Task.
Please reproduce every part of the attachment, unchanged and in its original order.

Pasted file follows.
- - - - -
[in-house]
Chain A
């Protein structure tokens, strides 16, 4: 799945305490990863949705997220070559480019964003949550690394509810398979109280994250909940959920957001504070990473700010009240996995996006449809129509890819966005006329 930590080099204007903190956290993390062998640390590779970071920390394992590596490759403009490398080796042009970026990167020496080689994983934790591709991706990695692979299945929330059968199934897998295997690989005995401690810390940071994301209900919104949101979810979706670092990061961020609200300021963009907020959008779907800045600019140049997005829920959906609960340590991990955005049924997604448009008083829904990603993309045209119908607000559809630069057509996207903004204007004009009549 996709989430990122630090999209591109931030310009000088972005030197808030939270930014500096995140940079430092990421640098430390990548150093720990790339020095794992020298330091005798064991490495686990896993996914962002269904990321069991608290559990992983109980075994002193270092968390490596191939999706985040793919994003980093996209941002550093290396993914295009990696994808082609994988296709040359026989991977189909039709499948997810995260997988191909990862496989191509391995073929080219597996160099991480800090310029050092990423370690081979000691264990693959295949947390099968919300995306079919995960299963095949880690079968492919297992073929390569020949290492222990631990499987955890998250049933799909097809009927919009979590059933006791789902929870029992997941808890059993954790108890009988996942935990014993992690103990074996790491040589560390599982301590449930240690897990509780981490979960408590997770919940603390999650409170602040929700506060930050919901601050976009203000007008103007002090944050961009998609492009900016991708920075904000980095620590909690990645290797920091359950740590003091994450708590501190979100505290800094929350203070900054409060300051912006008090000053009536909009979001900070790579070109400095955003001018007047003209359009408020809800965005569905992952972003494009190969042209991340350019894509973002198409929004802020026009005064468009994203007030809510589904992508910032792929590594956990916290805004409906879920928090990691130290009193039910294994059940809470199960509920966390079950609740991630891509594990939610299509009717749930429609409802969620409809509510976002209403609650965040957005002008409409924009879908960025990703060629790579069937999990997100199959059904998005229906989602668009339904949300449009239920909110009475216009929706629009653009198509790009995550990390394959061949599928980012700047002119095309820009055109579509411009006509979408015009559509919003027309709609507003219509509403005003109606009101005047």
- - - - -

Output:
[in-house]
Chain A
């Protein structure tokens, strides 16, 4: 799945305490990863949705997220070559480019964003949550690394509810398979109280994250909940959920957001504070990473700010009240996995996006449809129509890819966005006329 930590080099204007903190956290993390062998640390590779970071920390394992590596490759403009490398080796042009970026990167020496080689994983934790591709991706990695692979299945929330059968199934897998295997690989005995401690810390940071994301209900919104949101979810979706670092990061961020609200300021963009907020959008779907800045600019140049997005829920959906609960340590991990955005049924997604448009008083829904990603993309045209119908607000559809630069057509996207903004204007004009009549 996709989430990122630090999209591109931030310009000088972005030197808030939270930014500096995140940079430092990421640098430390990548150093720990790339020095794992020298330091005798064991490495686990896993996914962002269904990321069991608290559990992983109980075994002193270092968390490596191939999706985040793919994003980093996209941002550093290396993914295009990696994808082609994988296709040359026989991977189909039709499948997810995260997988191909990862496989191509391995073929080219597996160099991480800090310029050092990423370690081979000691264990693959295949947390099968919300995306079919995960299963095949880690079968492919297992073929390569020949290492222990631990499987955890998250049933799909097809009927919009979590059933006791789902929870029992997941808890059993954790108890009988996942935990014993992690103990074996790491040589560390599982301590449930240690897990509780981490979960408590997770919940603390999650409170602040929700506060930050919901601050976009203000007008103007002090944050961009998609492009900016991708920075904000980095620590909690990645290797920091359950740590003091994450708590501190979100505290800094929350203070900054409060300051912006008090000053009536909009979001900070790579070109400095955003001018007047003209359009408020809800965005569905992952972003494009190969042209991340350019894509973002198409929004802020026009005064468009994203007030809510589904992508910032792929590594956990916290805004409906879920928090990691130290009193039910294994059940809470199960509920966390079950609740991630891509594990939610299509009717749930429609409802969620409809509510976002209403609650965040957005002008409409924009879908960025990703060629790579069937999990997100199959059904998005229906989602668009339904949300449009239920909110009475216009929706629009653009198509790009995550990390394959061949599928980012700047002119095309820009055109579509411009006509979408015009559509919003027309709609507003219509509403005003109606009101005047």